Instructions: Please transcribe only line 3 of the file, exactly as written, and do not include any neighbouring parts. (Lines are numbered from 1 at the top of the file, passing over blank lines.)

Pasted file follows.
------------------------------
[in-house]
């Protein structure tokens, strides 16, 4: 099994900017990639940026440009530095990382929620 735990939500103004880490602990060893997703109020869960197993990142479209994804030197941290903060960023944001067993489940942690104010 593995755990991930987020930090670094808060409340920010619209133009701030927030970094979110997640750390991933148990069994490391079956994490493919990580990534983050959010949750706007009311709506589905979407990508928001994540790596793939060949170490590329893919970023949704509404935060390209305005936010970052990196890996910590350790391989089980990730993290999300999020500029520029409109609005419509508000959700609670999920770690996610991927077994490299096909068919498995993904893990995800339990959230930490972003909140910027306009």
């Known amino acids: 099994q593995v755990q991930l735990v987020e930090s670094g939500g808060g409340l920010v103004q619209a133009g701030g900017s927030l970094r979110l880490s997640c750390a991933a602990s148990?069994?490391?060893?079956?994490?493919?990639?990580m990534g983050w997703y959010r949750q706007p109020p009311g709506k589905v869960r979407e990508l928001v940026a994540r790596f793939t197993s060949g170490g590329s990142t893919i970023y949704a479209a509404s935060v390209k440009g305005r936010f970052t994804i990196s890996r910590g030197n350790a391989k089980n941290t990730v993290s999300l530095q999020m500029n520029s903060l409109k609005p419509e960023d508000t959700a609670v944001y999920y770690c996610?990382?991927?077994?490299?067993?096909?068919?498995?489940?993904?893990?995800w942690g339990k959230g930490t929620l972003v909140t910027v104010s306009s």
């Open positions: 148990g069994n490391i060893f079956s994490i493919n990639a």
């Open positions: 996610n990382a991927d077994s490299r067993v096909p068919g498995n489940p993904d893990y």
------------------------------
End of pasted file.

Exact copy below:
């Known amino acids: 099994q593995v755990q991930l735990v987020e930090s670094g939500g808060g409340l920010v103004q619209a133009g701030g900017s927030l970094r979110l880490s997640c750390a991933a602990s148990?069994?490391?060893?079956?994490?493919?990639?990580m990534g983050w997703y959010r949750q706007p109020p009311g709506k589905v869960r979407e990508l928001v940026a994540r790596f793939t197993s060949g170490g590329s990142t893919i970023y949704a479209a509404s935060v390209k440009g305005r936010f970052t994804i990196s890996r910590g030197n350790a391989k089980n941290t990730v993290s999300l530095q999020m500029n520029s903060l409109k609005p419509e960023d508000t959700a609670v944001y999920y770690c996610?990382?991927?077994?490299?067993?096909?068919?498995?489940?993904?893990?995800w942690g339990k959230g930490t929620l972003v909140t910027v104010s306009s």